Panayota, still leaning against the stone wall in the darkness, flinched involuntarily. The memory of her first virginity test still sent her flesh crawling. She had been so terrified during the test that the doctor had admonished her for her lack of proper cooperation, which he had said had marred the results. Not that anything had changed after the test. George, after staying away for a while to avoid further inflaming Panayota’s family as well as the Koinises, returned at the time of the wheat harvest. During the noonday siesta, he could be heard crooning a love song to Panayota:

“Vipers hissing venomous wrath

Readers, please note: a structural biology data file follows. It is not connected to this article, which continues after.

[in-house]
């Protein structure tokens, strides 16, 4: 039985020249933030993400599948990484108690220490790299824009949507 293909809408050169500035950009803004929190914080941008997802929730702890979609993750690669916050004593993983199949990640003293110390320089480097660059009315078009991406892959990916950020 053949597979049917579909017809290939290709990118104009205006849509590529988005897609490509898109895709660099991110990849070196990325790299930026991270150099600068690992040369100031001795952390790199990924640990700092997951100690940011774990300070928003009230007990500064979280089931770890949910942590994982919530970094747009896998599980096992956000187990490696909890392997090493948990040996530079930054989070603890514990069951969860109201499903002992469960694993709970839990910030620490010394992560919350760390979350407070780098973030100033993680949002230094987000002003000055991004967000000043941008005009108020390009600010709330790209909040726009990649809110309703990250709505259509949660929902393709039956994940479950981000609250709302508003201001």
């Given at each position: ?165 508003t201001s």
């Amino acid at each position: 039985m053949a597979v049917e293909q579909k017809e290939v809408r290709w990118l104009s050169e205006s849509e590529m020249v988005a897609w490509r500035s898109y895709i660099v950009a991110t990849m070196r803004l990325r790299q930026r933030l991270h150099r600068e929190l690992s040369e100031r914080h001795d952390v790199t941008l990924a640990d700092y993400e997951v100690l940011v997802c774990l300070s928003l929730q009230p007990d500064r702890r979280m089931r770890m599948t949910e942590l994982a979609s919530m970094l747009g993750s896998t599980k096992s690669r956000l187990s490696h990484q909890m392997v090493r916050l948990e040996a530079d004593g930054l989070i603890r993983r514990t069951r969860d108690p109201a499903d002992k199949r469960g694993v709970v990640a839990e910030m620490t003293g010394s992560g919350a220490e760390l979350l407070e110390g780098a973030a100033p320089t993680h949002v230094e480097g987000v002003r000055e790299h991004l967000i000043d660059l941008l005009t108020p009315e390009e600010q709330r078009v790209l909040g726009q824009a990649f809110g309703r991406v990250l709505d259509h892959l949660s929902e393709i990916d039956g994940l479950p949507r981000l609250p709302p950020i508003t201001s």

Keep my love and me apart.
But I’ll cross their spiteful path
To be with you, my sweetheart.” 

Panayota didn’t think her family or the Koinises were snakes, of course. They were merely trying to protect her honor, along with their own reputations as upstanding members of the community. The Koinises, intent on avoiding further scandal, had put in place several restrictions to curb Panayota’s behavior and had begun watching her closely. Just like her family, they felt impugned by George’s indecent behavior.

This is a short excerpt from the book, “Better Dead Than Divorced”. Get your copy at Amazon.